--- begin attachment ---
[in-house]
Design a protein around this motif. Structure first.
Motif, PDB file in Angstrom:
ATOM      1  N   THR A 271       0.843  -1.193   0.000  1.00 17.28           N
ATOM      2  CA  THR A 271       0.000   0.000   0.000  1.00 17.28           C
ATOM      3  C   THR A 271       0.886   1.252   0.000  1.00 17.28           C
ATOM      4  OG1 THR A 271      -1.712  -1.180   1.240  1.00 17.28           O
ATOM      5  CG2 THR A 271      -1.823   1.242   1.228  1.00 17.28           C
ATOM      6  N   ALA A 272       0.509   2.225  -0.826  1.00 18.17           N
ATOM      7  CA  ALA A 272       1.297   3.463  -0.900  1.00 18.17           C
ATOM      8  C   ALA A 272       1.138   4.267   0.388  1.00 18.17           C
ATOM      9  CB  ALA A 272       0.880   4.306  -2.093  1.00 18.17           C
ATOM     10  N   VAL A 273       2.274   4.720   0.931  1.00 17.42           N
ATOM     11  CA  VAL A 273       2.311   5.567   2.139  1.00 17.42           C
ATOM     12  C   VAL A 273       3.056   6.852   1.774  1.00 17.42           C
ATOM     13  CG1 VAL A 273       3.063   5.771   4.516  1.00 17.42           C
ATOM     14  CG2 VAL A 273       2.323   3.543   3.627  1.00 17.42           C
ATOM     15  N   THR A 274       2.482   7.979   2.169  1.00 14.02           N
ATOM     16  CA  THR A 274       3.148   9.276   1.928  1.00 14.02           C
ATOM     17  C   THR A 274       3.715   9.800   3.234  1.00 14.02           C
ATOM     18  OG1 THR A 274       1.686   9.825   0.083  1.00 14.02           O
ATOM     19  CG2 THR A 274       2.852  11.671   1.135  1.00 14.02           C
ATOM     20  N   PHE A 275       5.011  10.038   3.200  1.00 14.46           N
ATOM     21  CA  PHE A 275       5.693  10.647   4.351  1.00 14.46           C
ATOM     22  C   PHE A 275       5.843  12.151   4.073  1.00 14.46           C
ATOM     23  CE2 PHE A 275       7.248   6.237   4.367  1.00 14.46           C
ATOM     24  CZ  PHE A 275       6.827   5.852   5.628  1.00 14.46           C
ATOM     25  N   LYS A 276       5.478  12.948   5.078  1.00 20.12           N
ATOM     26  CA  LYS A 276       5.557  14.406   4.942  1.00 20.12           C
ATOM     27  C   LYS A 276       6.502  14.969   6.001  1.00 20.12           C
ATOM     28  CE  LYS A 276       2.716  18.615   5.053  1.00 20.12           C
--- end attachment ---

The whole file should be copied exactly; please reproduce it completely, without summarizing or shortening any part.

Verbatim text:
[in-house]
Design a protein around this motif. Structure first.
Motif, PDB file in Angstrom:
ATOM      1  N   THR A 271       0.843  -1.193   0.000  1.00 17.28           N
ATOM      2  CA  THR A 271       0.000   0.000   0.000  1.00 17.28           C
ATOM      3  C   THR A 271       0.886   1.252   0.000  1.00 17.28           C
ATOM      4  OG1 THR A 271      -1.712  -1.180   1.240  1.00 17.28           O
ATOM      5  CG2 THR A 271      -1.823   1.242   1.228  1.00 17.28           C
ATOM      6  N   ALA A 272       0.509   2.225  -0.826  1.00 18.17           N
ATOM      7  CA  ALA A 272       1.297   3.463  -0.900  1.00 18.17           C
ATOM      8  C   ALA A 272       1.138   4.267   0.388  1.00 18.17           C
ATOM      9  CB  ALA A 272       0.880   4.306  -2.093  1.00 18.17           C
ATOM     10  N   VAL A 273       2.274   4.720   0.931  1.00 17.42           N
ATOM     11  CA  VAL A 273       2.311   5.567   2.139  1.00 17.42           C
ATOM     12  C   VAL A 273       3.056   6.852   1.774  1.00 17.42           C
ATOM     13  CG1 VAL A 273       3.063   5.771   4.516  1.00 17.42           C
ATOM     14  CG2 VAL A 273       2.323   3.543   3.627  1.00 17.42           C
ATOM     15  N   THR A 274       2.482   7.979   2.169  1.00 14.02           N
ATOM     16  CA  THR A 274       3.148   9.276   1.928  1.00 14.02           C
ATOM     17  C   THR A 274       3.715   9.800   3.234  1.00 14.02           C
ATOM     18  OG1 THR A 274       1.686   9.825   0.083  1.00 14.02           O
ATOM     19  CG2 THR A 274       2.852  11.671   1.135  1.00 14.02           C
ATOM     20  N   PHE A 275       5.011  10.038   3.200  1.00 14.46           N
ATOM     21  CA  PHE A 275       5.693  10.647   4.351  1.00 14.46           C
ATOM     22  C   PHE A 275       5.843  12.151   4.073  1.00 14.46           C
ATOM     23  CE2 PHE A 275       7.248   6.237   4.367  1.00 14.46           C
ATOM     24  CZ  PHE A 275       6.827   5.852   5.628  1.00 14.46           C
ATOM     25  N   LYS A 276       5.478  12.948   5.078  1.00 20.12           N
ATOM     26  CA  LYS A 276       5.557  14.406   4.942  1.00 20.12           C
ATOM     27  C   LYS A 276       6.502  14.969   6.001  1.00 20.12           C
ATOM     28  CE  LYS A 276       2.716  18.615   5.053  1.00 20.12           C